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CLF Clean Water Work On The Big Screen Tonight
by Anthony Iarrapino

That is why the Emmy-award winning film “Bloom: The Plight of Lake Champlain” was such an important development in the effort to raise awareness of the Lake’s problems and the urgent need for action. Christopher Kilian, Director of CLF’s Vermont office and its regional Clean Waters and Healthy Forest program, was featured in that documentary, which was narrated by Academy Award-winning actor Chris Cooper. You can watch a clip with Chris Kilian from the first Bloom here.

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CLF protects Vermont forests from being overrun by ATVs
by Anthony Iarrapino

All of those who love the peace and quiet, clean water, clean air, and abundant wildlife in the Vermont back-country are applauding the decision by Vermont Agency of Natural Resources officials to reverse course on an agency rule that would have allowed ATV clubs to crisscross and fragment Vermont state lands with ATV trails.  This…

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CIRC Alternatives Forge Ahead
by Sandy Levine

The initial short-range solutions are in.  Quick, effective and clean.  Unanimous agreement on a suite of projects to move forward to help people get around in Chittenden County.  When Vermont’s Governor, Peter Shumlin announced in May that the “Circ Highway” – an expensive, polluting and outdated ring-road around Burlington – would not be built as planned, he set…

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When it comes to river restoration, haste makes waste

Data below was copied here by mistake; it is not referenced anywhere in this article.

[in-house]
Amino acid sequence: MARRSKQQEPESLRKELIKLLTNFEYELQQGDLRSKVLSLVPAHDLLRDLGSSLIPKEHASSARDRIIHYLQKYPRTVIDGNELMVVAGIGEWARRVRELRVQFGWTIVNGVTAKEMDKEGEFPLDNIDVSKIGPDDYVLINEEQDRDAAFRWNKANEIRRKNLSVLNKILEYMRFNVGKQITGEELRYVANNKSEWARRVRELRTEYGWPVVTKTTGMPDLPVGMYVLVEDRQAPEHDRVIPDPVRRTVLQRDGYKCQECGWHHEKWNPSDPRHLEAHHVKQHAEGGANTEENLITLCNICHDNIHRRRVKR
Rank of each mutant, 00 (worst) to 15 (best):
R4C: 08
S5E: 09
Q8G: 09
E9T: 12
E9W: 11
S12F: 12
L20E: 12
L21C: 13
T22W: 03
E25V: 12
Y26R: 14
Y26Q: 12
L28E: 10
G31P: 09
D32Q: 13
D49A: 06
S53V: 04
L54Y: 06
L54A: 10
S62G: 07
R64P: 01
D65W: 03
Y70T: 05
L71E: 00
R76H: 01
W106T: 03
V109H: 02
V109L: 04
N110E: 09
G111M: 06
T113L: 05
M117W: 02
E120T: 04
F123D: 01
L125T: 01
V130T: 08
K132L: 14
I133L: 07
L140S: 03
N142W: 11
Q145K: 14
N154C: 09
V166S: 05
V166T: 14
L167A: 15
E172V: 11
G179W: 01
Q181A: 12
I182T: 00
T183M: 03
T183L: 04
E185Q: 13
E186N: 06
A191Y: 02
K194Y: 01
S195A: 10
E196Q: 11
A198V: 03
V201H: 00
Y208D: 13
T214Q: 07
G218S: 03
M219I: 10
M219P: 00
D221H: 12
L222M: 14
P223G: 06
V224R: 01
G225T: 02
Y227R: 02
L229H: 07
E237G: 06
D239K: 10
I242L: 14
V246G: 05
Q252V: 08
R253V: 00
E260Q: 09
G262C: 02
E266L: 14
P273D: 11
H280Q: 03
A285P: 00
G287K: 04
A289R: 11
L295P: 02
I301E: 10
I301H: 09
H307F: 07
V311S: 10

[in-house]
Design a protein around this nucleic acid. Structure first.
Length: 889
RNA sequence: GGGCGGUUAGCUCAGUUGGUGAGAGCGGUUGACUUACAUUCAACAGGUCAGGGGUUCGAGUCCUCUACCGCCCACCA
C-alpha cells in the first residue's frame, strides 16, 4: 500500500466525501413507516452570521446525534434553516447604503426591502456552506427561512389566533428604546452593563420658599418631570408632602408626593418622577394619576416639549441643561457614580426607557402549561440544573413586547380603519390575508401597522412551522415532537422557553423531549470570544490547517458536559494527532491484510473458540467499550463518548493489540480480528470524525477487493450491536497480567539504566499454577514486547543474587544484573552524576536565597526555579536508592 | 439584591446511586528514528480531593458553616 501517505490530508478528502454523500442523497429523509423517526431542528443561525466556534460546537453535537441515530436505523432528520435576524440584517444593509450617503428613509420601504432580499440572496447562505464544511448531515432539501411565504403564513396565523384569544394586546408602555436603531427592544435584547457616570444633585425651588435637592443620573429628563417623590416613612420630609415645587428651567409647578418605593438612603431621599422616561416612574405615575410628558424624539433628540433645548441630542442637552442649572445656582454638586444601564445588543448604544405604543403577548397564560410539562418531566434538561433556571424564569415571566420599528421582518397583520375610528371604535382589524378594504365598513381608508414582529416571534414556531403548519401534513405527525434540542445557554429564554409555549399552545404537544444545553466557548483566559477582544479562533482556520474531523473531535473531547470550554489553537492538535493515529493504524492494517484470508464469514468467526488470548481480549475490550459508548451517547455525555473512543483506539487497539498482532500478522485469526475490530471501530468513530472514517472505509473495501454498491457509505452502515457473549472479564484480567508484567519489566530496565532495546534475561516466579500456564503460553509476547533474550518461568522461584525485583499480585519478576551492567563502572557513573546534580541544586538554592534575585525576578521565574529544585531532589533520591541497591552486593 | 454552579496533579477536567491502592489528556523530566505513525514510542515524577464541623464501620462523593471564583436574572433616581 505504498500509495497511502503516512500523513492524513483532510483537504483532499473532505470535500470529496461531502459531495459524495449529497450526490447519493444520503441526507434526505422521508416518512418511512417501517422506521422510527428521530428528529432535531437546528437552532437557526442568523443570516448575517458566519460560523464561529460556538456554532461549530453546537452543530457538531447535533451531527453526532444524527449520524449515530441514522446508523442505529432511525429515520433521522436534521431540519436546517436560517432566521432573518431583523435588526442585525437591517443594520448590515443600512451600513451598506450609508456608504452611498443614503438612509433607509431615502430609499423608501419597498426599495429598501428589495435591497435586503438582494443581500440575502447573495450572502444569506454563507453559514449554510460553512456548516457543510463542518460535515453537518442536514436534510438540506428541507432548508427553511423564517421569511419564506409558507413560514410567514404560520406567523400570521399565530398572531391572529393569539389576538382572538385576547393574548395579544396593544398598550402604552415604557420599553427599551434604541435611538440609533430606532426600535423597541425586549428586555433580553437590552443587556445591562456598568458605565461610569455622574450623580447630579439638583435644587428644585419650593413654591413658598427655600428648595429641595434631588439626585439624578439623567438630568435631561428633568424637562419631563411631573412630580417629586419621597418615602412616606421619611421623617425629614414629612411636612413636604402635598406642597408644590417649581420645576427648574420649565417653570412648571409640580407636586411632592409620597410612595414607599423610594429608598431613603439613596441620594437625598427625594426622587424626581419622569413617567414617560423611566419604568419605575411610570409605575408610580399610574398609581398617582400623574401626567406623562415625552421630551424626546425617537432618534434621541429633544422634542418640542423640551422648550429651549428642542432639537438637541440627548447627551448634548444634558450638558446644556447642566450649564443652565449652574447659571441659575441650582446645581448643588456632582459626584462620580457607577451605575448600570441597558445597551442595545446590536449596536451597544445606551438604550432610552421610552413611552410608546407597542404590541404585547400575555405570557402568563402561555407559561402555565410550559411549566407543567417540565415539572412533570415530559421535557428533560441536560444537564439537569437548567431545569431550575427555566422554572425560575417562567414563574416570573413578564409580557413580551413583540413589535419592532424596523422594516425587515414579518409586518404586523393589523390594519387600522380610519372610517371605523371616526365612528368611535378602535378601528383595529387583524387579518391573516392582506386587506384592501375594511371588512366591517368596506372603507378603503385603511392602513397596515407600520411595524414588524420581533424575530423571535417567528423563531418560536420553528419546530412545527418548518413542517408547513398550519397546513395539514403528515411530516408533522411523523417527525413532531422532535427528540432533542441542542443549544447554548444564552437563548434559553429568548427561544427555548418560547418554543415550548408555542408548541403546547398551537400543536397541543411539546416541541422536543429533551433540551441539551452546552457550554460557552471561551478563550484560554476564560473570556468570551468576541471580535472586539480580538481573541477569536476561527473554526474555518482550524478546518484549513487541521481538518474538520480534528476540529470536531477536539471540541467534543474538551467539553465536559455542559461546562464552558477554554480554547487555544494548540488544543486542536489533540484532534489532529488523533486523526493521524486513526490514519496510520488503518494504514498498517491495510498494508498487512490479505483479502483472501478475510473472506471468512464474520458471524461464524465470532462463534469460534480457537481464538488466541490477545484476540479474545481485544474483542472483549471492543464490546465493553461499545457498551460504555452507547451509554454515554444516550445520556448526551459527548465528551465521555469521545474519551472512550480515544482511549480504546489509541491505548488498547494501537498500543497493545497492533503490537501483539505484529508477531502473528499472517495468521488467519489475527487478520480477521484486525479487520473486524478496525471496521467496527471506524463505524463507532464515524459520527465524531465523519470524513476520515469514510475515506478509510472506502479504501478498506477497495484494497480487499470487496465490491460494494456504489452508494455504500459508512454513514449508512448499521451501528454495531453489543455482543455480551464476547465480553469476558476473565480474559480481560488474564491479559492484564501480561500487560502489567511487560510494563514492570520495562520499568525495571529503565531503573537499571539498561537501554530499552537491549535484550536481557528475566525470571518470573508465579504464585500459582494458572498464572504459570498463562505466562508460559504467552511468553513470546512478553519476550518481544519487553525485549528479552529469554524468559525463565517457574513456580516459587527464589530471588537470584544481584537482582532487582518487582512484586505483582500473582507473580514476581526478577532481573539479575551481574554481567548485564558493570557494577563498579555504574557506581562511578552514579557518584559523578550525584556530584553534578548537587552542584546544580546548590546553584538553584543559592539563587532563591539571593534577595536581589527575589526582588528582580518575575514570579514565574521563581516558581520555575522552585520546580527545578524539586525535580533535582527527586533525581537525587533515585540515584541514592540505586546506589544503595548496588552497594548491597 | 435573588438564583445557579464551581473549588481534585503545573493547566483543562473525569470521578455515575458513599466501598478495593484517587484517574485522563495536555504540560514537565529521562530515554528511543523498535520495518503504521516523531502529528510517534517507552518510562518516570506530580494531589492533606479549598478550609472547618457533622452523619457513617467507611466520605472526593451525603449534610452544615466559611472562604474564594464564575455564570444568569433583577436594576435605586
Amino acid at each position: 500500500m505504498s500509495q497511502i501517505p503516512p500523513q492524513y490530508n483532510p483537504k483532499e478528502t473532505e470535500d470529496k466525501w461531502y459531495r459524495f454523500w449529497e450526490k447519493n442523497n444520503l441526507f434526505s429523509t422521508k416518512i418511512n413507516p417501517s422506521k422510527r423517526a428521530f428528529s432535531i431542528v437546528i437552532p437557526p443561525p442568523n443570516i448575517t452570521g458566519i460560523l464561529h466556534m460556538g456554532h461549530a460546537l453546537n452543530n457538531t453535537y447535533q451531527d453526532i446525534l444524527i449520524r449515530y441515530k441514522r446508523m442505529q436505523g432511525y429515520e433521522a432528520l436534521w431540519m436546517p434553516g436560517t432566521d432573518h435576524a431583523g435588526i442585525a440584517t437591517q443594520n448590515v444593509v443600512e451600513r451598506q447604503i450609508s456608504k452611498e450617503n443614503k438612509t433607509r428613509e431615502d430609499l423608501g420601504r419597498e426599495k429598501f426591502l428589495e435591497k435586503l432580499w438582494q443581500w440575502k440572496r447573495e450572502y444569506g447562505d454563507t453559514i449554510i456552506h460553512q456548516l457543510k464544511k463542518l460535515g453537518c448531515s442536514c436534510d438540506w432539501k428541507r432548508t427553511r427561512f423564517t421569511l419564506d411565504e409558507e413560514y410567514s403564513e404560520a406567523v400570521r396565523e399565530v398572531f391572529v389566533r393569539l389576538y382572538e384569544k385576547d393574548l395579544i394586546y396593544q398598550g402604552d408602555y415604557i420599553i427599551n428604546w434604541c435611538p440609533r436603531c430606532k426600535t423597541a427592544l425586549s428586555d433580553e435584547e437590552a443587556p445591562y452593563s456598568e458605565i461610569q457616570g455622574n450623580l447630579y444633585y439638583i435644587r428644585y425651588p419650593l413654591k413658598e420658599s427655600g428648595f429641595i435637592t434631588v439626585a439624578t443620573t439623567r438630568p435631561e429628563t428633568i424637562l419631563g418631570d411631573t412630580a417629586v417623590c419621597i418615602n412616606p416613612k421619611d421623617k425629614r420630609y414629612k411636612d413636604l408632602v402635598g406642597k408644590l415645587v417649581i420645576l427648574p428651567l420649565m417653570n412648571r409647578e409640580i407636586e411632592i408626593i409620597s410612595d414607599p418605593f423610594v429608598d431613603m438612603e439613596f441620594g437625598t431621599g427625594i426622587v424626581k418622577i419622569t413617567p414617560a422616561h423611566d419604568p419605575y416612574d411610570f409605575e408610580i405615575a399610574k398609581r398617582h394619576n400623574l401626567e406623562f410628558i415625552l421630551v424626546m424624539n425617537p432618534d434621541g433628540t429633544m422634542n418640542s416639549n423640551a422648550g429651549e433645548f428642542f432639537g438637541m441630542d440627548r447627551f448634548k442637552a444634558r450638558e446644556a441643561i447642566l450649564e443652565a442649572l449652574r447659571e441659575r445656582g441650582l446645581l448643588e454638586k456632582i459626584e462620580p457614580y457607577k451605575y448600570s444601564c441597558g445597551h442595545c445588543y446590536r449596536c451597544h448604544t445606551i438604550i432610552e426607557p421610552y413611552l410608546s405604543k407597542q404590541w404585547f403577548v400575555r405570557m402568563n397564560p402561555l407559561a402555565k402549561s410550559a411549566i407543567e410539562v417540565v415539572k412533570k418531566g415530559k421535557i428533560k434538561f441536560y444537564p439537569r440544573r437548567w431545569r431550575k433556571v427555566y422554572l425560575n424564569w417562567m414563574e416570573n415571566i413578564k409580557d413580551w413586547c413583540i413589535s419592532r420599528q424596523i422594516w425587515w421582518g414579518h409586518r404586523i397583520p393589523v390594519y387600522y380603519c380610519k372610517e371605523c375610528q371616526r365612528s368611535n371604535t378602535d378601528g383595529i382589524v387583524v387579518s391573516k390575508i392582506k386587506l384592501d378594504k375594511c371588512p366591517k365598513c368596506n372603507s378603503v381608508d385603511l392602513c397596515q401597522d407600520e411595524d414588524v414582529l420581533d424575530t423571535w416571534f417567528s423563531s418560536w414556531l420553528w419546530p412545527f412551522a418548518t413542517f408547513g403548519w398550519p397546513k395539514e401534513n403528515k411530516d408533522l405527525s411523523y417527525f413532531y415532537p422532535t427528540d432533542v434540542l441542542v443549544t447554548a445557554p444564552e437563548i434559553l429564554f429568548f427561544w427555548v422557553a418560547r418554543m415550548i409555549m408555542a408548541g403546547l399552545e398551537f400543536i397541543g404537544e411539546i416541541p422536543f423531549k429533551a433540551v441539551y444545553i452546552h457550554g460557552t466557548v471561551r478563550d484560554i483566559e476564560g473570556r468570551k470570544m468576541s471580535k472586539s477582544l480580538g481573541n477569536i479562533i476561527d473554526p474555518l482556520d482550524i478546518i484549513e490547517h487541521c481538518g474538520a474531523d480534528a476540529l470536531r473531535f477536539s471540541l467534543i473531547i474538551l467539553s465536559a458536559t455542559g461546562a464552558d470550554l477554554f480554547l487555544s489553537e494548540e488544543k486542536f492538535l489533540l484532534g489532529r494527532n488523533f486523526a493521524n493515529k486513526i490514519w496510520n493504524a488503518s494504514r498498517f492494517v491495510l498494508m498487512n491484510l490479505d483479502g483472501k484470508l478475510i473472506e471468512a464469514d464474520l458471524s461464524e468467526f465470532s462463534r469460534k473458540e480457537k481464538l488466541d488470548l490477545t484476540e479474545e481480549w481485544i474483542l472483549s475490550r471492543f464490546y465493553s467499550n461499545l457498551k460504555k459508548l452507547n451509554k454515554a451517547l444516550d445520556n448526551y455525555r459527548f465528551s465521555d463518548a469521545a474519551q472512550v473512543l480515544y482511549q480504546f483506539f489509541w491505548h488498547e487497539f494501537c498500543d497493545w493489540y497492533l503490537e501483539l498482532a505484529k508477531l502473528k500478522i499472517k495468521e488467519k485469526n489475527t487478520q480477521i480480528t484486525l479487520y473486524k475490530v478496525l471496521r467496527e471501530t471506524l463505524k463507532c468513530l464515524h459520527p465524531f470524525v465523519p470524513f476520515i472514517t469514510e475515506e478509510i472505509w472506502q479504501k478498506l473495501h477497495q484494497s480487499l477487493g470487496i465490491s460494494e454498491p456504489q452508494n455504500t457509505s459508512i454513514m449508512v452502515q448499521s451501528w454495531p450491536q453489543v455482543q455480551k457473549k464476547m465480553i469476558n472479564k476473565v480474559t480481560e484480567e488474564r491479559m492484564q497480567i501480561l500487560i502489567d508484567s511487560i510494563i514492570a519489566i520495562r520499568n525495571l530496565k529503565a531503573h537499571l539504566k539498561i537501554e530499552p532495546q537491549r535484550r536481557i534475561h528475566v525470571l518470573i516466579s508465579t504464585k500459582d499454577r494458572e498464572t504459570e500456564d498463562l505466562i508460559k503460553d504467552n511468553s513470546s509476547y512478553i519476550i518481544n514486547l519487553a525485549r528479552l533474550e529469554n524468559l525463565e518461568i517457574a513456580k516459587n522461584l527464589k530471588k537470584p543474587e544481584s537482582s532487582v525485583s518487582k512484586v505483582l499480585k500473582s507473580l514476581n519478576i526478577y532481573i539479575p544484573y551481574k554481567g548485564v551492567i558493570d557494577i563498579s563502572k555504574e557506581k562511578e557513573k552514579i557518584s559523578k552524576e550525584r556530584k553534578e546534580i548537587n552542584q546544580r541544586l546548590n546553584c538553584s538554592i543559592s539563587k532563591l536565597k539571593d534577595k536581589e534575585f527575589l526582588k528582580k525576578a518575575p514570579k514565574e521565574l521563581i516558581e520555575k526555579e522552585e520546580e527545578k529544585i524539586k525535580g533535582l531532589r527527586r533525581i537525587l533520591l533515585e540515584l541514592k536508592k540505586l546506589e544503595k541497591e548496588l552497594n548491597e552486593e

by Anthony Iarrapino

In their rush to exploit recovery efforts from Tropical Storm Irene, ideologues who perpetually fight against regulation and science and who posture as the defenders of traditional “Yankee” values are forgetting two important rock-ribbed principles. The first is frugality. There has been a lot of loose talk about how much money was supposedly saved by…

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Rustic Rivers Flattened
by Alan Panebaker

It had been more than a month since Tropical Storm Irene when I returned to kayak my favorite whitewater rivers in Vermont: the Middlebury and the New Haven. The massive flows from Irene moved some small rocks around, but in most places the overall character of the these rustic rivers remained the same, even after the storm. Sadly that is not true about sections of the rivers near roads where in the name of “repair” bulldozers literally flattened the rivers, excavating giant boulders, dredging gravel, and leaving the once vibrant river an unrecognizable shell. Rapids that used to be complex, multi-tiered stretches, supporting important habitat had transformed into homogeneous flat spots.

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Public gets its say on Lake Champlain cleanup plan
by Louis Porter

Starting tomorrow, those concerned about Lake Champlain and interested in helping outline how to deal with nutrient pollution threatening its future will have a chance to make their opinions heard. The U.S. Environmental Protection Agency, with the help of Vermont’s Department of Environmental Conservation, is in the process of re-writing the Lake Champlain Phosphorous Total…

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Irene opens a channel for man-made damage to rivers
by Louis Porter

  The very severe damage in Vermont caused by Tropical Storm Irene led to an impressive and encouraging recovery effort both by state government and residents, many of whom volunteered to help their neighbors salvage and rebuild. Unfortunately, however, the storm – the second flood of historic proportions in the state this year – also…